By the second day, my stomach was paying for the diet transgressions, and I was extremely grateful for modern plumbing!  When I got home, I sat down to a huge bowl of fatty pork shoulder before I even started unpacking the muddy camping gear.  Good food is THAT important.  And today is a new day, full of full food freedom, and freedom from beans, tomatoes and wheat!!!

Thursday, November 3, 2011

Battle for the Fat Old Ladies - Part 1

Yes, there is another battle going on, the battle for the hearts and souls of all the fat old ladies.

The paleo tribe isn't all that friendly to the ladies, especially the older kind.  Makes me kind of want to pelt the next guy who says that evolutionarily, I'm history, with a barrage of left-over tampons I no longer need.  About the only thing worse for an older lady who is beyond reproductive age and therefore useless is for them, besides being a vegetarian, to be a Dr. Oz-watcher.

Dr. Oz had a big zinger on a recent show, his own prehistoric diet.  I read the three pages of diet advice, and then the hundreds of comments made mostly by very angry paleo's who were outraged that he would steal their lifestyle and turn it into an evil, sickly vegan diet scheme.

"Paleo!"  they drum.  "We thought of it first!"  Well, OK, good luck with that.

And I am thinking, if you want someone to join your tribe, make them feel welcome, make them feel at home.  That means if you want to reach the fat old ladies, you have to quit making fun of them, quit making condescending and sexist comments, quit calling them fat, lazy and stupid.  The cave needs to be decked out with sparkly pens and scrabble, just like the tent in the Dr. Oz reality zoo.  Strong, brave women rearranging words out on the veranda, in between the rain showers.  Just like Martha Stewart and Bethenny Frankel.  Yes, Freud, this is what women want.

Now, Dr. Oz is very popular and influential.  There may be some truth to the idea that he doesn't want to annoy his sponsors.  I get that.  So does Dr. Feinman.  You really have to watch your step when you enter the diet and nutrition field.  Lots of turds all around, left for lots of people for you to step on if you are not careful.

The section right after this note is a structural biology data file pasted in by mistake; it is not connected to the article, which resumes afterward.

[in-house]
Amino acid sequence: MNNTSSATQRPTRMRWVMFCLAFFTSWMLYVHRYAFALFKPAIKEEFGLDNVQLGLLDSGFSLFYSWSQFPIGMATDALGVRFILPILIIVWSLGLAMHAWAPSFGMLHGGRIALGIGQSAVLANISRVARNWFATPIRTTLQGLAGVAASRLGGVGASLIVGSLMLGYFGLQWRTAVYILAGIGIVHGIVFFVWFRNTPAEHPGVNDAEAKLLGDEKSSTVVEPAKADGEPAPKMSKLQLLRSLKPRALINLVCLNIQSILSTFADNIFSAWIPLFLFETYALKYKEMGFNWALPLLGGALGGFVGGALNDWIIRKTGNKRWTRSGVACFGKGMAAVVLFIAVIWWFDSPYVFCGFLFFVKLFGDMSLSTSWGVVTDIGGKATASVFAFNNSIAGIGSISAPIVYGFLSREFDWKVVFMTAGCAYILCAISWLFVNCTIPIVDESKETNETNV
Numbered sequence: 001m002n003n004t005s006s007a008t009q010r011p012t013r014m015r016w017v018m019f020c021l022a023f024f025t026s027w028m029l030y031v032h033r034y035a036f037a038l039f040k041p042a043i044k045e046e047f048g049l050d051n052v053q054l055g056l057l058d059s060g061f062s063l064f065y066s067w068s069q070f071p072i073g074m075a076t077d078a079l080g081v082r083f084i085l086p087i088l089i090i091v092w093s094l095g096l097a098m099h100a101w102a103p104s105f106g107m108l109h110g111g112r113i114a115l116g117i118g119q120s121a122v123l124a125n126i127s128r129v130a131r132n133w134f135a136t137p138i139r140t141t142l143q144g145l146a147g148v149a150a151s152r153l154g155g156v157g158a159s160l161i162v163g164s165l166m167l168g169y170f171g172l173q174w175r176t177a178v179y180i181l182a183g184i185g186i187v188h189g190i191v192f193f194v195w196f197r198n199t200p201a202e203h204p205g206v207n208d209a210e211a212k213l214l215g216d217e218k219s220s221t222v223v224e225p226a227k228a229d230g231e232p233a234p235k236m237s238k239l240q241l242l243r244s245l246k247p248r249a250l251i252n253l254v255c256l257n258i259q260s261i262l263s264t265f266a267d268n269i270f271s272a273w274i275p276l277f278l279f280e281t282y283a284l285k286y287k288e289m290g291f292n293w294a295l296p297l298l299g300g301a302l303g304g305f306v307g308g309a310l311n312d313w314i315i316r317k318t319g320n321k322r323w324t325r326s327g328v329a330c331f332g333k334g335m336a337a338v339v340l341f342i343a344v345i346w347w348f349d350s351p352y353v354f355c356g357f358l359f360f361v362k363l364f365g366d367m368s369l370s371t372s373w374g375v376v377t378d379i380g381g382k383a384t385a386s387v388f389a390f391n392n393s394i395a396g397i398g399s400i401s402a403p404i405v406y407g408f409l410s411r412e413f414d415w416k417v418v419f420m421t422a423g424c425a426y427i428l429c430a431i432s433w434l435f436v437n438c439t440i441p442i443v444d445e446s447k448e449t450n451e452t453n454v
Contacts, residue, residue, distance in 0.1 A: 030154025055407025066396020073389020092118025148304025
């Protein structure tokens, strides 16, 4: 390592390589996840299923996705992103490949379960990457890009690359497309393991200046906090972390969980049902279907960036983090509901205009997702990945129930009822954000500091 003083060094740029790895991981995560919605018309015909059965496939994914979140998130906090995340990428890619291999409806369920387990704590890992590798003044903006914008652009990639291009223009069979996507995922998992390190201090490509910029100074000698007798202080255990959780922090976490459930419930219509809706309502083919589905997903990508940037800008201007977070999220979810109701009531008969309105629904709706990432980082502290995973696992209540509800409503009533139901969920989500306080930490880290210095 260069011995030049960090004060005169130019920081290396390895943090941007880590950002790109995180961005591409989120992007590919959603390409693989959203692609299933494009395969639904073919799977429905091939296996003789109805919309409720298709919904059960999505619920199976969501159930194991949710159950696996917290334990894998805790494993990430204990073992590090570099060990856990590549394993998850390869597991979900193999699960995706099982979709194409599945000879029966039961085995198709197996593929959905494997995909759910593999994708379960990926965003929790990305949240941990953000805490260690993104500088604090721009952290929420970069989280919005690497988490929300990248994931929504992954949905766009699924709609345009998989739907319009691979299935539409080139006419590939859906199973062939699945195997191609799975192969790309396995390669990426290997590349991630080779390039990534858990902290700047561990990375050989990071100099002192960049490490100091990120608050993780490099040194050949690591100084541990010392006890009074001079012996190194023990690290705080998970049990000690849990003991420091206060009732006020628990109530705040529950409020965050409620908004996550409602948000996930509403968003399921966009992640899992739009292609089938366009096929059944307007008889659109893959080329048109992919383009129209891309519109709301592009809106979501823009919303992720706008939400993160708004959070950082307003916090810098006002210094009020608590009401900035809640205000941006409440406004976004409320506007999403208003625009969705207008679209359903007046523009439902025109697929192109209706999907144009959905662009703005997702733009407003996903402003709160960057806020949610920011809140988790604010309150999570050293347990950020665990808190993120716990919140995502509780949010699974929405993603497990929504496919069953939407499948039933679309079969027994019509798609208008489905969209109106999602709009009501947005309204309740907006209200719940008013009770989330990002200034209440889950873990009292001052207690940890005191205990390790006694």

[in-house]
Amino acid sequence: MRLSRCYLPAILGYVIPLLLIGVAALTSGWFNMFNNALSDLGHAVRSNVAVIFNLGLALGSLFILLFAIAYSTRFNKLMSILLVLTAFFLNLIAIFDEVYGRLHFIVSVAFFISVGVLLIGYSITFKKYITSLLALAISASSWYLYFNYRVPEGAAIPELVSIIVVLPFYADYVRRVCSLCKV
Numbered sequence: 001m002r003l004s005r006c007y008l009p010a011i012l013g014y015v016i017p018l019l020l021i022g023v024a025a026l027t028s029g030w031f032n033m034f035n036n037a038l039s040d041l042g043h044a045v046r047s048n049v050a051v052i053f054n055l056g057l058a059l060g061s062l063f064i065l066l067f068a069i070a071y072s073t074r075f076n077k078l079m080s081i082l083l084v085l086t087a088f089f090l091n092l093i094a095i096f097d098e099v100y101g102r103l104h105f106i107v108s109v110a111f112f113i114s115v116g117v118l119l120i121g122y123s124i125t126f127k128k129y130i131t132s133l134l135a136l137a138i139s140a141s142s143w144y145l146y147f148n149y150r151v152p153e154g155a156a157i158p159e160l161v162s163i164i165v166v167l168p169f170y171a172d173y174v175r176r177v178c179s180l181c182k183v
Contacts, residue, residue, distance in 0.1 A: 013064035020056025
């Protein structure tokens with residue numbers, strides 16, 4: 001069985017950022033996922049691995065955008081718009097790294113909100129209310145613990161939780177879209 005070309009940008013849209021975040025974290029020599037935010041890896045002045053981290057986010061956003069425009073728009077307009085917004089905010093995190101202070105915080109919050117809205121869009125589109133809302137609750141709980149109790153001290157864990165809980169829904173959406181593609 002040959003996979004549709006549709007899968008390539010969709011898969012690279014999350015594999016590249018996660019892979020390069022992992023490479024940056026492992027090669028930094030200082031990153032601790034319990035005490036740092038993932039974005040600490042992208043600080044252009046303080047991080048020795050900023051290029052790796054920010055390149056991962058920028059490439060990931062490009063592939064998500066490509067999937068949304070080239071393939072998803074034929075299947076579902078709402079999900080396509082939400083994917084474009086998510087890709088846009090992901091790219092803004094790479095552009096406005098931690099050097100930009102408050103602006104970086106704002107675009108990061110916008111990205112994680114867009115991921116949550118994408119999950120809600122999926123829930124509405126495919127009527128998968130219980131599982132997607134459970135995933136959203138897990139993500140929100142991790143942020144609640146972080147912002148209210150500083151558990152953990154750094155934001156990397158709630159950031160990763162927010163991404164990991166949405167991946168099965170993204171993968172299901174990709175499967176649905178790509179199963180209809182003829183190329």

If you aren't careful, maybe the ADA experts will go after you.  Then just when you think you are into safe territory at Paleohacks, you get Patrik threatening to drop the hammer on you.  "I'm gonna brekka yo face!"  Ooooooo, no scrabble there.  Paleohacks must have been named that because they like to hack each other to pieces over there.  Take a look at this fine piece of, um, "work".  And this is just for members of the tribe, not even for someone as evil as Dr. Oz.

I commend Dr. Oz for at least calling it what it is, a zoo.  Ya, there is that call to "freeing the animal", but if your inner animal is just a big pig, well that is what pens and bars were invented for.  Just sayin', I can understand why Dr. Oz wants to distance himself.  So, in honor of Dr. Oz actually being NICE to fat old ladies, and inviting them to his show where it is clear they are the stars and also having lots of fun, I have decided to do his version of the prehistoric diet.  (Notice he didn't call it the caveMAN diet.)  In order to do it, I will have to customize it a bit for my own local condition and preferences.

1.  Protein.  Dr. Oz recommends a low protein diet, full of beans, greens and seaweed.  I can do the greens and seaweed just fine, but I don't eat all that many beans, so I will be substituting most of the beans for grass-fed meat and fish.

2.  Calcium.  Dr. Oz recommends tofu and boxed soy and nut milk.  I don't eat much soy because it doesn't do well with me and I don't do things in three-layer aseptic boxes, so I will be substituting with sardines and even more greens.

3.  Fat.  Dr. Oz recommends olives, avocado, flax, hemp, chia and walnuts.  No problem there except I don't want any hemp seeds just in case I have to take a drug test or something.

4.  Carbs.  Dr. Oz recommends eating the rainbow, with all sorts of colorful foods like fruits and vegetables.  Unfortunately, he let some of the colors run together too much and got brown in his rainbow.  So, to get brown, we are supposed to eat whole wheat bread and pasta and quinoa.  Quinoa is really white, so I don't get the brown category, but then again, I am a stupid Dr. Oz-watcher, so I think it was expected that I would overlook that one little point.  However, since wheat makes me sick and starving, and quinoa makes me gag, I am substituting these "brown" foods with real colors, like more yellow squash, purple cabbage, red snapper and orange roughy.  And of course, red Argentine malbec.

I'll be setting up yet another account at [redacted], for those who want to follow along.  I'll post a link once it gets going, just look at the birdie.  Here's the site I set up for tracking food nutrients.